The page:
For too long the parental bereavement leave given to employees has been reliant on the kindness of their employers. But from 6th April 2020, this is all to change.
Implemented from 6th April 2020 onward, with Royal Assent, The Parental Bereavement Leave and Pay act has amended The Employment Rights Act of 1996. Under the newly added section 80E (the Parental Bereavement Act), chapter 4 of the Employment Rights Act, employees are granted the right to at least 2 working weeks leave which is to be claimed within 56 weeks of the child or baby’s death along with a fraction of their pay provided they are eligible.
Naturally to be eligible for these rights there are certain requirements that must be fulfilled.
Firstly, the employee in question must be employed by the same employer for at least 26 weeks before the death or stillbirth. The employee must identify as either the child (under 18) or baby’s parent, this could be the biological or adoptive parent, or as the parent of a child born to a surrogate. Employees may be still eligible if the deceased child had resided with them for at least 4 weeks during which the employee and his partner had day to day responsibility for the child or baby’s care.
However, biological parents of the child or baby will not qualify as being eligible for Parental Bereavement Leave and Statutory Parental Bereavement Pay after an adoption or parental order was made, unless there was a contact order in place.
Should an employee be eligible, under subsection 2b of the act employees are granted a leave of at least two working weeks (which can be taken after other statutory leaves should it be the case). For example, if a person was working on Fridays only, then he would be given at least two Fridays off work as that would make up two working weeks for him. Furthermore, under the regulations of subsection 2b an employee may also receive £151.20 or 90% of their average weekly earnings, whichever is lower per week.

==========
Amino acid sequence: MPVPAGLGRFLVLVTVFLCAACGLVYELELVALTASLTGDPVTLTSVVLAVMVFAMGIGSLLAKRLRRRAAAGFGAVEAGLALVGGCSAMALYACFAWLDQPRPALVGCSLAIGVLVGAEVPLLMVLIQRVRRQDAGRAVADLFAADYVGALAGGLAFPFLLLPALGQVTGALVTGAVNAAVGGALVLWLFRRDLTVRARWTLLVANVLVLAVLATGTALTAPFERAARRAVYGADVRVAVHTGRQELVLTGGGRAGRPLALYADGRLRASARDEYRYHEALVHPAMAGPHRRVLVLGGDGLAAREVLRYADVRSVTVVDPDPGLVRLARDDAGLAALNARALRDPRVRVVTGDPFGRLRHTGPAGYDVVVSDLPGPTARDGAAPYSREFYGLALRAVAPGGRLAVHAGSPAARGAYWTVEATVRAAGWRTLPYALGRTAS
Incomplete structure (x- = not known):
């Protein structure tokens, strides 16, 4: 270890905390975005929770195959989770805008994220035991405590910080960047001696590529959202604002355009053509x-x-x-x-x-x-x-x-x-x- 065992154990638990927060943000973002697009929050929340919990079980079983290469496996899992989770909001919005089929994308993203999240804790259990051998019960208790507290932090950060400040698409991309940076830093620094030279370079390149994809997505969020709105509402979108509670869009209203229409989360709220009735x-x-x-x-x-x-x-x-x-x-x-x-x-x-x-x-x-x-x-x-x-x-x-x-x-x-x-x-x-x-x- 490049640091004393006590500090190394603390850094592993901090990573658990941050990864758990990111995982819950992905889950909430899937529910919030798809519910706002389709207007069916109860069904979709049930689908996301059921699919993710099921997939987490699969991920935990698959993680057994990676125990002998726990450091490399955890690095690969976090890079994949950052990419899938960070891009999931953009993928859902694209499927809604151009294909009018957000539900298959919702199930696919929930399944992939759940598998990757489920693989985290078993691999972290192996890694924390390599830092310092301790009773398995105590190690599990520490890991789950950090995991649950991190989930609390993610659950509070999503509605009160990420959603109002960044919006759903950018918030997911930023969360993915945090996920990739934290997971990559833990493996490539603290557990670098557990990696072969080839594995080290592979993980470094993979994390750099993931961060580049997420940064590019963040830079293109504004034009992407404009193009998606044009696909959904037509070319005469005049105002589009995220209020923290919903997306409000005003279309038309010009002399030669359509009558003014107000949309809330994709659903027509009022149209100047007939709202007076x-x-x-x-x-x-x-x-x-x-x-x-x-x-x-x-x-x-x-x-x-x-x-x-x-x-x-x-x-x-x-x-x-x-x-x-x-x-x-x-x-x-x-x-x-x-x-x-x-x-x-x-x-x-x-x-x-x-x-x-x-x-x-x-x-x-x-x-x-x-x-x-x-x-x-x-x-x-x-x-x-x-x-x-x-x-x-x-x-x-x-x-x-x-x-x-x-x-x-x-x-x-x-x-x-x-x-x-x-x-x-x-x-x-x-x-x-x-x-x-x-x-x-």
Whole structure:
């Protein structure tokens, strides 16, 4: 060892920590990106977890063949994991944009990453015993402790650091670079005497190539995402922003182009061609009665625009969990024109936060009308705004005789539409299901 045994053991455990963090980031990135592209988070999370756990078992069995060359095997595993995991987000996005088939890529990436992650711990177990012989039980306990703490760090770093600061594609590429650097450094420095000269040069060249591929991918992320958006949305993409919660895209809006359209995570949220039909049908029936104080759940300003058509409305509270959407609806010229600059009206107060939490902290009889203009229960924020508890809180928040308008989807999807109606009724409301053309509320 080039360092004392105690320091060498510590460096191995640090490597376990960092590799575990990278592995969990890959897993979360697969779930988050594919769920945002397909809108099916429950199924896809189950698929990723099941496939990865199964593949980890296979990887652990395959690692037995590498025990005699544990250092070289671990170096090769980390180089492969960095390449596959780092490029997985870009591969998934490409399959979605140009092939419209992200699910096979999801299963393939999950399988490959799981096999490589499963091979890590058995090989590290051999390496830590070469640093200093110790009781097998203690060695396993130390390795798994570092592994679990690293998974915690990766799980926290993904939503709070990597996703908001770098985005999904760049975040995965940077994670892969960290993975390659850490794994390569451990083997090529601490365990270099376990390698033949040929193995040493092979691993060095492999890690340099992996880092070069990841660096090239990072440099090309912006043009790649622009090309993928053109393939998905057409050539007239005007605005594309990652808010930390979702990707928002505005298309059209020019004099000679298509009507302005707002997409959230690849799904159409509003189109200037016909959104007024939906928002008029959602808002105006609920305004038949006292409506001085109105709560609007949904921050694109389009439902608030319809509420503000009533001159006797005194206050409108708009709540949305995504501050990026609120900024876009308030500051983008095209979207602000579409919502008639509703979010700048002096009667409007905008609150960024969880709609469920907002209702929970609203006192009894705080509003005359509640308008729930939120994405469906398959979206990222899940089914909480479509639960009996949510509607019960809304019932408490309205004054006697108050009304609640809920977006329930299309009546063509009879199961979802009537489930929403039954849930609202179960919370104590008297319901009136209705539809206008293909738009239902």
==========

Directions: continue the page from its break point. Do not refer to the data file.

Despite the significant help this act can give employees in bereavement, for small businesses with few employees which struggle just to survive, this act is financially detrimental and will impact them greatly. A small business cannot afford to lose employees as it may affect their reputation for service. This means that during the two weeks leave the business may be forced to employ another person for a short period, along with paying at least £151.20 per week for their bereaved employee. This could be too costly for some businesses and could lead to a downward spiral of financial ruin.
Large businesses deal in thousands of employees, and millions of pounds, so surely this act is insignificant for them. However, even for large businesses this act could still be deleterious depending on the nature of the large business and which employee takes this leave. For example, take the aviation industry which is worth approximately 2.7 trillion pounds and includes huge airline businesses. During winter many airlines struggle as people tend to fly less, so every rare flight full of passengers is critical for an airline’s survival. To compensate for their winter losses, airlines fly countless flights in the summer which is vital for their profit margin. As a result pilots are crucial during this time to sustain the significant number of flights. However, should a primary pilot suddenly take two weeks leave due to child bereavement, this can cause great complications as everything is meticulously planned in an airline. The airline would be required to supply another primary pilot immediately, which would be both troublesome and expensive for the airline, as they would have to find a pilot, fly him to the location of the plane, and pay him, at least 3 hours before the original taking off time of the plane. Should an airline fail to do this in time, they may be forced to cancel the flight-which opens the door to countless other problems the airline may have to face, ranging from lawsuits, to refunds, to potentially destroying the airline’s reputation for reliability. And all this from the mere two week leave of a single pilot.
In conclusion, this act is like the sewing pin of a surgeon. On one hand, it attempts to sew the gaping hole in in the heart of a parent (the employee) from the loss of a child. But on the other hand, this pin pokes businesses, large and small, causing them to draw blood, each drop more fatal than the last.